Florida’s recent vote approving the Sunshine Protection Act is clever wording for opting into daylight saving time (DST) all year round. It suggests securing a resource that is limited, which sunshine is not, but who can be against protecting sunshine? From a cognitive behavioral perspective, the Act is really a very clever framing of increased energy consumption that will inevitably follow if it is ever implemented. Protecting sunshine is an easy sell, but do Florida’s citizens understand what they are buying into?
The United States standardized time and scheduled time zones in 1966 through the Uniform Time Act. The same act established daylight saving time where all time zones would advance in hour in the spring and fall back in autumn primarily to experience more sunshine during the summer months. The primary reasoning for this was energy conservation. That all sounds great if it panned it, but studies increasingly have shown that any energy savings have been negligible (e.g., a 2008 Department of Energy report showing .03% in savings) primarily because of the heating and cooling energy needed to compensate for the extra hour of sunlight. People needed extra heat in the mornings and extra air conditioning in the evenings to maintain comfortable indoor conditions rather than go outdoors as intended. Policy fail.
Because of how far we have come in terms of energy efficiency and understanding human behavior, it makes sense to opt out of DST and observe standard time year round. This is what both Hawaii and Arizona have chosen to do within the continental United States. Federal provisions allow for states and territories to opt out of DST, but not standard time.
Florida’s move to observe DST all year round is a new precedent that would require rewriting federal law. New England states, where observing DST all year round would actually be significantly noticeable as compared to Florida, have tried on several occasions to make the same move Florida just did. Various reasons, but primarily the commuting across states lines for work, have halted any real effort towards any one state adopting DST full year around. It wouldn’t be very neighborly! Florida’s citizens, who primarily work within the state, do not have the same barriers as New England, and the vote passed overwhelmingly. After all, who can vote against the Sunshine Protection Act?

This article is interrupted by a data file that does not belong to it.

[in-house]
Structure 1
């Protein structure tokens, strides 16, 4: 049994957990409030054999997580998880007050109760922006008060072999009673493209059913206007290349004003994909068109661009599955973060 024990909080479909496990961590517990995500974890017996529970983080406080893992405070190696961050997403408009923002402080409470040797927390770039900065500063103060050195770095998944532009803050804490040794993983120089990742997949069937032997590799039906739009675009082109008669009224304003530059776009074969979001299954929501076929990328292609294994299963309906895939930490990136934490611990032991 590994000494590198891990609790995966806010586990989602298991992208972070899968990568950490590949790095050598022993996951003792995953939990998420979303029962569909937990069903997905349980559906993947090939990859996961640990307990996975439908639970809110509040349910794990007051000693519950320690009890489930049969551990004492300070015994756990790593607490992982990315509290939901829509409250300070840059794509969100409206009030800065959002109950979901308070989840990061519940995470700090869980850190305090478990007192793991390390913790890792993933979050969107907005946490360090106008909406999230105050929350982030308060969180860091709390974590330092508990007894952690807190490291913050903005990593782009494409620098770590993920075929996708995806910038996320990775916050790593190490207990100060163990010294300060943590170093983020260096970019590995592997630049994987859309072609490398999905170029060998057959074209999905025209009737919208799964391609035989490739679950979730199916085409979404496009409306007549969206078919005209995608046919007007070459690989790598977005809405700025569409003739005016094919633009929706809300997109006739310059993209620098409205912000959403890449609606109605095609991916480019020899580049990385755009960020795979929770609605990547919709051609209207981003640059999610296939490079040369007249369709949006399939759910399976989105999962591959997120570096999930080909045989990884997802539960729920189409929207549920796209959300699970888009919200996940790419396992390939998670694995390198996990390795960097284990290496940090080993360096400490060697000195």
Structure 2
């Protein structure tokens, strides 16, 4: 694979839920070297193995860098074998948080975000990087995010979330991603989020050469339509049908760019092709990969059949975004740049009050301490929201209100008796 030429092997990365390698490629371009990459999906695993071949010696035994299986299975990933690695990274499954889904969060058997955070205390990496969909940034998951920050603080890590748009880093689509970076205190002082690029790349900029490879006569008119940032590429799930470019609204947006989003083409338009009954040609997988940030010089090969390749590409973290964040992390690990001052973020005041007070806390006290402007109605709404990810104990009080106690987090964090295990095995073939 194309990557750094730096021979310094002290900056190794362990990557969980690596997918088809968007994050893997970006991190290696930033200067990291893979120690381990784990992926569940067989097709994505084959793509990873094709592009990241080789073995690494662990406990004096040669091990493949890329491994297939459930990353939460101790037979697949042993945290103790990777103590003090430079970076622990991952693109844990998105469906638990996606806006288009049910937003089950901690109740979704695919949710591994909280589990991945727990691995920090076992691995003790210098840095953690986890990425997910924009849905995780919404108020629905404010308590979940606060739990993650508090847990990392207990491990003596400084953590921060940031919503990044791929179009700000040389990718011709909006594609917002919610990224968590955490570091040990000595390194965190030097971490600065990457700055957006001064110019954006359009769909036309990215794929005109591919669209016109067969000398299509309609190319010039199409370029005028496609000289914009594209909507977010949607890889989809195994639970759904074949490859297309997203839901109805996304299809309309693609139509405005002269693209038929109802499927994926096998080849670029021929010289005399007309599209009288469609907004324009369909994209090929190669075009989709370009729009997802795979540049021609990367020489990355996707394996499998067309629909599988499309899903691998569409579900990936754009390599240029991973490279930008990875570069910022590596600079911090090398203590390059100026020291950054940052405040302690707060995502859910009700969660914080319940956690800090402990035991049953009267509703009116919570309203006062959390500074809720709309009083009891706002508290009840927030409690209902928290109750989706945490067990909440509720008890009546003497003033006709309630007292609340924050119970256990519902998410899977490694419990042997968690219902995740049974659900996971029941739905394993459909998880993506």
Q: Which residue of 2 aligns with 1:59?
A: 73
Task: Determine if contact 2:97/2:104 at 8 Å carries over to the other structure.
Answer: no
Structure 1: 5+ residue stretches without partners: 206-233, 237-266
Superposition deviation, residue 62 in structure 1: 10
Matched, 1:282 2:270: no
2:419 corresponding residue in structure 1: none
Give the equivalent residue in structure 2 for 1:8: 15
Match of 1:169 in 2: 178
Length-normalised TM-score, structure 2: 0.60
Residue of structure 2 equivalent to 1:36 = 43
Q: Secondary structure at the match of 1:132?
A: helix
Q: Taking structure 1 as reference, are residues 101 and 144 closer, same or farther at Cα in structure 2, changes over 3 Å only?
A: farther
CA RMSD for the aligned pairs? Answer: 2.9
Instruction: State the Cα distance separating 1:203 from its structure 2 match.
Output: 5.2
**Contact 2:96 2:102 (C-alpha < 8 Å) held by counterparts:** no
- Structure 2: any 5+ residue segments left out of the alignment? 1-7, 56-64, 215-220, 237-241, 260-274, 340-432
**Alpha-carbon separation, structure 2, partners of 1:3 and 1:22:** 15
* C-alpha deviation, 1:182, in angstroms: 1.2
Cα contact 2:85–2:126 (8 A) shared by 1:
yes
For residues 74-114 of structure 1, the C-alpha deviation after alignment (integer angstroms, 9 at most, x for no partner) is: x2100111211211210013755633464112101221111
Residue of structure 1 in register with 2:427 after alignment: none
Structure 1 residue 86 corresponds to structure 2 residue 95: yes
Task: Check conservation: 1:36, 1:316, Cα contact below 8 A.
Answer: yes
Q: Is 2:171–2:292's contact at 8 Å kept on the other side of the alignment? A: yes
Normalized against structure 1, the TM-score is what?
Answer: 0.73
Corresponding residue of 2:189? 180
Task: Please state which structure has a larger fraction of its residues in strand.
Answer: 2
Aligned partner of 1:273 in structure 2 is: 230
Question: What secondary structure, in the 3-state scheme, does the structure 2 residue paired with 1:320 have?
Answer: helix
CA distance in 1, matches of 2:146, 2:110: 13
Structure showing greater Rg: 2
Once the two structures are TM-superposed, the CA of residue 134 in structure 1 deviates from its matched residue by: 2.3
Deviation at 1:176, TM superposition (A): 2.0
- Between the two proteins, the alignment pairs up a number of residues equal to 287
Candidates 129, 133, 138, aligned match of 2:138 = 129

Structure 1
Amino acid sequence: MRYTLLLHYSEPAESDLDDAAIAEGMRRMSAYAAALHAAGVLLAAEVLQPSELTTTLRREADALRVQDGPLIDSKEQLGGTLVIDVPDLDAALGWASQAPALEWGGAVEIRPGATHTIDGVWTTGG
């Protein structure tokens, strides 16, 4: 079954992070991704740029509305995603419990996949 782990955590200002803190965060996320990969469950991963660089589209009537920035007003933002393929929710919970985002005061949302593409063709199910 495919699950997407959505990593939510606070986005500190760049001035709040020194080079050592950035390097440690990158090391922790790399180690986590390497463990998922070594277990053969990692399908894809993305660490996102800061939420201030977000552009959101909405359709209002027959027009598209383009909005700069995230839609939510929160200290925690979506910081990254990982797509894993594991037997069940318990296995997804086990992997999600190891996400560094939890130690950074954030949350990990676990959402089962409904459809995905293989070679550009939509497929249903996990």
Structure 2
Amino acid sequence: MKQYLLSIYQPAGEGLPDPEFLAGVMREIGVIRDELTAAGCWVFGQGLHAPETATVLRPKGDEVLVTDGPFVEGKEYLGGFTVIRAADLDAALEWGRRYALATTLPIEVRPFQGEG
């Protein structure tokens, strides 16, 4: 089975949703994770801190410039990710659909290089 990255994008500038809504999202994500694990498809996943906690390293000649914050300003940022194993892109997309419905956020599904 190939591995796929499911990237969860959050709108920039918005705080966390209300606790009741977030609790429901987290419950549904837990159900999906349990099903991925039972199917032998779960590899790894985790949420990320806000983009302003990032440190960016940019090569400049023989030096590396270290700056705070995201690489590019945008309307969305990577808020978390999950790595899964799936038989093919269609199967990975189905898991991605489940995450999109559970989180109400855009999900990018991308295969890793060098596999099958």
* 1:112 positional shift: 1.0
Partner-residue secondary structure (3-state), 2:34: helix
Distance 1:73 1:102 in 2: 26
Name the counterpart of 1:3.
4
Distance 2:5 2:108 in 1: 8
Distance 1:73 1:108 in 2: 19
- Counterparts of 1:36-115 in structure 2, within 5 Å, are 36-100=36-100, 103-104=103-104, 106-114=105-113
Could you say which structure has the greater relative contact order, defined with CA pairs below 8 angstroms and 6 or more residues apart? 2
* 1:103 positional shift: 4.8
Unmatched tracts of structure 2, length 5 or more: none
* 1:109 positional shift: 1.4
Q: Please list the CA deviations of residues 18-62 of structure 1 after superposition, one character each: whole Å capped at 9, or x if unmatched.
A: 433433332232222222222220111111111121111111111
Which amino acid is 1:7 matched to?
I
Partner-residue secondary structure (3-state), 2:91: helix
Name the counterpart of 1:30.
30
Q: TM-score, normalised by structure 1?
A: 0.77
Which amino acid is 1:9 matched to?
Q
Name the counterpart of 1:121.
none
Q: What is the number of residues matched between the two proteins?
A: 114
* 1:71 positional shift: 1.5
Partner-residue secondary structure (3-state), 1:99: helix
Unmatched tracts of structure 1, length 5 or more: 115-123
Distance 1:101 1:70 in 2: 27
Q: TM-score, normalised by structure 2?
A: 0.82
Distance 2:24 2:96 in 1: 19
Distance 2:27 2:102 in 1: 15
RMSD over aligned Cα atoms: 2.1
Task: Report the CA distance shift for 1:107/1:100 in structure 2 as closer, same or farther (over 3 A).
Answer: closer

The reality is this framing is exploiting advances in cognitive behavioral science. All advances can have dual-uses—uses that are good and also uses that are nefarious in nature. Advances in psychology and economics are no different. Suggesting something needs to be “protected” suggests that it is finite, which we of course know that sunshine is not. Short of a supernova, earth will receive sunshine, likely long after humans exist on the planet.
Rather, we have limited energy. And energy consumption will increase upon adoption of DST as we saw with Indiana in 2006. Arizona opted out of DST for exactly this reason. With climate change ensuring increasing numbers of hotter days, it’s more important than ever to be sensible about federal policies around energy consumption, which the Sunshine Protection Act actually is. Opting into year-round DST will consume more energy as people create bearable conditions indoors.
DST began as a policy to conserve fuel. Today it has evolved into doing the opposite of what it intended. Therefore, statewide, we need to do the opposite of what Florida just did. We need to drop DST altogether and observe standard time. We can amend the Uniform Time Act to drop DST and perhaps rename it as the “National Harmony and Order Amendment.” Who can oppose harmony and order? Perhaps there’s something to appropriating advances in cognitive behavioral science to benefit society after all.